Like most African novels of the 1960’s, this one attacks both the colonialism that controlled the Sub-Sahara for a hundred years and the black leadership that replaced the white administrations after Independence. The new governments seemed little different from the old, and the European influence had not departed. The promise of self-rule soon gave way to disappointment. Armah’s own version of the new situation reflects the Ghanaian setting but more particularly his personal reaction, colored by his experiences in America. The racial aspect of the problem is highlighted, even in this first novel, but becomes more intense and emotional in succeeding novels: Fragments (1969), Why Are We So Blest? (1972), and Two Thousand Seasons (1973). Armah insists that the answer to Africa’s problems must come from blacks, not whites. In the language of the novels, in any case, the evils of Western civilization are inseparable from whiteness.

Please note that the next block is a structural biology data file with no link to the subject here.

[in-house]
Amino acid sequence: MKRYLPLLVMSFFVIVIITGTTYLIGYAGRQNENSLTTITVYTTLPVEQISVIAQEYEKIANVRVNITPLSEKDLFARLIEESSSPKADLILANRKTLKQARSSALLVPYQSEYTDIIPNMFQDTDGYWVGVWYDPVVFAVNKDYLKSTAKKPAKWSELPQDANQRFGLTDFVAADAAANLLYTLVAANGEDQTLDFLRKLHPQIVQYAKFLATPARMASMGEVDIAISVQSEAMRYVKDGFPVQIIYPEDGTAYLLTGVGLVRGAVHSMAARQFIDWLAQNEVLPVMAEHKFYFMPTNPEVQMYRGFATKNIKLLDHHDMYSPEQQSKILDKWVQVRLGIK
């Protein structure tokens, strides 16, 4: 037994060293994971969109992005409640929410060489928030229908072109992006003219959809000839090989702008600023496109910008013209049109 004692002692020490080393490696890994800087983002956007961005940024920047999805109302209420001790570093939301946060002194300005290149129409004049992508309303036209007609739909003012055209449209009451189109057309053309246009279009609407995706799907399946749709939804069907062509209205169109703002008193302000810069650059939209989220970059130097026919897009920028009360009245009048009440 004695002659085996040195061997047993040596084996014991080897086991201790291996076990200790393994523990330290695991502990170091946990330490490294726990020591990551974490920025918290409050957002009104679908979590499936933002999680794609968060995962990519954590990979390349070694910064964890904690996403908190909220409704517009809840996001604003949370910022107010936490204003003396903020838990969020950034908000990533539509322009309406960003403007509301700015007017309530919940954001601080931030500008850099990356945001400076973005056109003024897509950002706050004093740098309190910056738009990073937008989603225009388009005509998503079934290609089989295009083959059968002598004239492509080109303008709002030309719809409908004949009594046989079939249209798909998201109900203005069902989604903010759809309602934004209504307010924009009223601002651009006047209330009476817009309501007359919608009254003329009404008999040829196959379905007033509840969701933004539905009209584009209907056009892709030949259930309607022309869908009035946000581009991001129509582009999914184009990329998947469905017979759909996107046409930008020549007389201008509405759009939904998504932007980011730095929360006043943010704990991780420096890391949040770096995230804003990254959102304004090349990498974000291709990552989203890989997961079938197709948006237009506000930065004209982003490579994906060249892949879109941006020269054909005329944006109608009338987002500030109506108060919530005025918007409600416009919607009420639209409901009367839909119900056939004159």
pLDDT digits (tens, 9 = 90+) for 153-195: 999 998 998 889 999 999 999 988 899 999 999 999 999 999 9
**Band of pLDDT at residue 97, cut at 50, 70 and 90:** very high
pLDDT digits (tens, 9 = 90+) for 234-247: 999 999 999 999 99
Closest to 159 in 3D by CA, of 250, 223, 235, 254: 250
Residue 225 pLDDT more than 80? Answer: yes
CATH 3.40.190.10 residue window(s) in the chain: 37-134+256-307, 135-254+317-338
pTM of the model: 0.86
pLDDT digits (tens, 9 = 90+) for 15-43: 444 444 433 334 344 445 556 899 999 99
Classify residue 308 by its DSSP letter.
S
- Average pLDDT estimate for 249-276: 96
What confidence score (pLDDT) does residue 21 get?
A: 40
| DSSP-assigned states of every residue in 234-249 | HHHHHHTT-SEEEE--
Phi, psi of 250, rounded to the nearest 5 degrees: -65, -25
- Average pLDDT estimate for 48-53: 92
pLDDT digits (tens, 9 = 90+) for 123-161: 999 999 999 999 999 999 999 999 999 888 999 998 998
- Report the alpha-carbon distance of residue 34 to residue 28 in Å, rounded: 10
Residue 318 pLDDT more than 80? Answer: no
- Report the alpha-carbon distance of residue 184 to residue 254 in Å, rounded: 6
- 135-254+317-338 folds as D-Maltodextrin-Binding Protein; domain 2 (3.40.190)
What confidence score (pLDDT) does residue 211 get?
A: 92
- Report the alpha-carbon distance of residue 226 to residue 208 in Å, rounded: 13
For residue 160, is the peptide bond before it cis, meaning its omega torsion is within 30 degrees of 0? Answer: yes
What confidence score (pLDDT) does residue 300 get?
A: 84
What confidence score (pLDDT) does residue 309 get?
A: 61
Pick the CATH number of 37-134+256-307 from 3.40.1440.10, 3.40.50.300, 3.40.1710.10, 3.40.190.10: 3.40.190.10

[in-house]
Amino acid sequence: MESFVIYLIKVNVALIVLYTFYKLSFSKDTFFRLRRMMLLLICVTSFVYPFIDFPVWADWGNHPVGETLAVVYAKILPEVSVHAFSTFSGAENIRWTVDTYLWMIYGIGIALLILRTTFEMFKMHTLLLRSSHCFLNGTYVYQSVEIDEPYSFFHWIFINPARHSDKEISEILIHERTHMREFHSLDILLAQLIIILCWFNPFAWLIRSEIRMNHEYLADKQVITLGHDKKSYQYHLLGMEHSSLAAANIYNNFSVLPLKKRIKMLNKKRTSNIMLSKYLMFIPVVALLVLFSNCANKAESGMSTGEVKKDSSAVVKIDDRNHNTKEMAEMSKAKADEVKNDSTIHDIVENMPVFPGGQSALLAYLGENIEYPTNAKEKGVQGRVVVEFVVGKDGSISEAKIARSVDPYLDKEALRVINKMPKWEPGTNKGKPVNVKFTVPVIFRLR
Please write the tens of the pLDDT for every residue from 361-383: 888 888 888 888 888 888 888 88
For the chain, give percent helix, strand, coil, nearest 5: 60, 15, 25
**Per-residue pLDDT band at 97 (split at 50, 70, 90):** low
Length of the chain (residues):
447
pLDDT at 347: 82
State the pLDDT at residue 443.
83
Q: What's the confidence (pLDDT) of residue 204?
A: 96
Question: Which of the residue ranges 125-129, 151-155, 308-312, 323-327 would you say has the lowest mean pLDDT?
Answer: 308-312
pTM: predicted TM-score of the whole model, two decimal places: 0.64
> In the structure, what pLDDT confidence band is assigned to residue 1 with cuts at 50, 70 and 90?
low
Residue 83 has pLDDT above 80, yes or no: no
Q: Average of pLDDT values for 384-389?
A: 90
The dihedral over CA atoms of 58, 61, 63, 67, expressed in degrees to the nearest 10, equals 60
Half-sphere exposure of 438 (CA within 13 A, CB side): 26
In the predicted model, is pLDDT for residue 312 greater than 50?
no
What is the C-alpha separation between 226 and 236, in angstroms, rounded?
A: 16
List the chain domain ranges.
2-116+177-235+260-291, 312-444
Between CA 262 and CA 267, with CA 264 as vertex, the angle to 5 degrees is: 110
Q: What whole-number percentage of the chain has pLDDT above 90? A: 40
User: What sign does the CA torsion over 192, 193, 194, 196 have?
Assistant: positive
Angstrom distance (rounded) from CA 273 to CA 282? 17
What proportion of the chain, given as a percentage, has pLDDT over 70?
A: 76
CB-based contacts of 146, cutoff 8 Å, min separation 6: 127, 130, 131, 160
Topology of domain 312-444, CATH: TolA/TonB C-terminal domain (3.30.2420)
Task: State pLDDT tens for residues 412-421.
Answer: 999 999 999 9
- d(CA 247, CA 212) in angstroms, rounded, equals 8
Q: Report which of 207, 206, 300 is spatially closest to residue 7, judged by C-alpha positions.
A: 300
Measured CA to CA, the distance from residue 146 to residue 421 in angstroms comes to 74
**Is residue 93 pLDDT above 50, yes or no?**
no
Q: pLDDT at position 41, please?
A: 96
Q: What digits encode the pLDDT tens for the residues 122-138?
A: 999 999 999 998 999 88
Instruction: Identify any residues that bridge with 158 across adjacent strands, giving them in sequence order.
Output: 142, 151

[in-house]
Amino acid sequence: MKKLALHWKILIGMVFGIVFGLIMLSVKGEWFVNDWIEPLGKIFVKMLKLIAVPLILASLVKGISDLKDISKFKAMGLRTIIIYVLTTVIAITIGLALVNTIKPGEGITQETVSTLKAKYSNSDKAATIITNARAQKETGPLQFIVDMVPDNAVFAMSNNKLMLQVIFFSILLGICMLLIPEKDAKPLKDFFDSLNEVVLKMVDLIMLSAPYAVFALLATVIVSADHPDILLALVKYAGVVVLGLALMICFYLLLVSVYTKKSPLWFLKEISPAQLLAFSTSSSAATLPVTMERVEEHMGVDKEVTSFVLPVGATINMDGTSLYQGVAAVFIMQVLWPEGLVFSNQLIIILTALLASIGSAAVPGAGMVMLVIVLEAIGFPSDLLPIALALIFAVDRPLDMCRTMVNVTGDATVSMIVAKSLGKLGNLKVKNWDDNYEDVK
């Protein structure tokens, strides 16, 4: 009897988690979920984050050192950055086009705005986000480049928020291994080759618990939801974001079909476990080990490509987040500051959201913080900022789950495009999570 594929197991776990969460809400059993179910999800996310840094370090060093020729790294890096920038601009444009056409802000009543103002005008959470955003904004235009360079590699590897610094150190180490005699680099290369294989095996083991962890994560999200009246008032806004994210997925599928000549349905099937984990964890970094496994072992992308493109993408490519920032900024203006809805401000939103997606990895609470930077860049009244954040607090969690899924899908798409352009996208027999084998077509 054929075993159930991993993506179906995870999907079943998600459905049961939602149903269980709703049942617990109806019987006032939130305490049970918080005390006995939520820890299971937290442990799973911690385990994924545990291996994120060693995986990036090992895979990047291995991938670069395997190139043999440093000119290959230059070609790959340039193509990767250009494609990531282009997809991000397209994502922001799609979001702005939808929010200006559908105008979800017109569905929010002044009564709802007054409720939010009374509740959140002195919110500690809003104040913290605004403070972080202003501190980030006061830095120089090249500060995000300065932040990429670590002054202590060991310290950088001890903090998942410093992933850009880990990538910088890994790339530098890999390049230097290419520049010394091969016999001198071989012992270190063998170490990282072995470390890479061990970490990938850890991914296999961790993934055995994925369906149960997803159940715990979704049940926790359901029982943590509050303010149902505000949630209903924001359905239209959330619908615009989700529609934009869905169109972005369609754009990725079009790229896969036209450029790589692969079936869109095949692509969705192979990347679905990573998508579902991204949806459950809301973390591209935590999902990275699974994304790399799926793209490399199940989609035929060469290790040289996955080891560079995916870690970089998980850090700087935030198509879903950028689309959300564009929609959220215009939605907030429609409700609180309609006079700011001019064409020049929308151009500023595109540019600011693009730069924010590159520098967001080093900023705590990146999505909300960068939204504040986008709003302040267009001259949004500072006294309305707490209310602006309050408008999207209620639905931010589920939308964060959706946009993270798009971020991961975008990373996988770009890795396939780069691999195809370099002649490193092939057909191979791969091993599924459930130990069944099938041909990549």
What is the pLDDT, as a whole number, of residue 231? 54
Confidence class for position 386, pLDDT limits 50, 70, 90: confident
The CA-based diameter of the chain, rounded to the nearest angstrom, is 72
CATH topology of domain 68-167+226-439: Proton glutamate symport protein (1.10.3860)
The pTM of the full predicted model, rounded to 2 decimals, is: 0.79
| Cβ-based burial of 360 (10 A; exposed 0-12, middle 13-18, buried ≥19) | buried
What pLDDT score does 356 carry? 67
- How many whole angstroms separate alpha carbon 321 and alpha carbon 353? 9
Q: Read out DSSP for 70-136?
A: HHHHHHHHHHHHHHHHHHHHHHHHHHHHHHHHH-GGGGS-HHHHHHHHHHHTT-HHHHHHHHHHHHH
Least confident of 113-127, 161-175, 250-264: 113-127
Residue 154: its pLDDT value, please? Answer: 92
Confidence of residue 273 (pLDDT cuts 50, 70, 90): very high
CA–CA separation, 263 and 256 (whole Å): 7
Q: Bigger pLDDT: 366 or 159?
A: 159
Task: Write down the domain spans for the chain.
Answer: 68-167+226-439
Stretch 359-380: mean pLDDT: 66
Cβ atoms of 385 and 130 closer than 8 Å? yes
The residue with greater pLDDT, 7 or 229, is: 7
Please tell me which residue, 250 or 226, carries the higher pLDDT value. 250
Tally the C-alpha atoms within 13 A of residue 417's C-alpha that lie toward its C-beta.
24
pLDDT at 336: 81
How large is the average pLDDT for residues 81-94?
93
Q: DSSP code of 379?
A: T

Each of Armah’s novels is a progression toward a solution. The Beautyful Ones Are Not Yet Born offers only an occasional vision of hope sparked by something within the individual. By the time of Two Thousand Seasons, Armah had achieved a historical perspective, tracing the fall of Africa from the tenth century to the recent past. The Healers (1978), his fifth novel, through a scenario similar to that in Wole Soyinka’s Season of Anomy (1973), posits a community of freedom fighters hidden away in the forests. For both Soyinka and Armah, the values underlying the community are traditionally African, but they exist in a mythical, romantic realm; they are part of a secular vision (as Soyinka would call it) that holds promise but has not yet made a lasting impact on the fallen African society.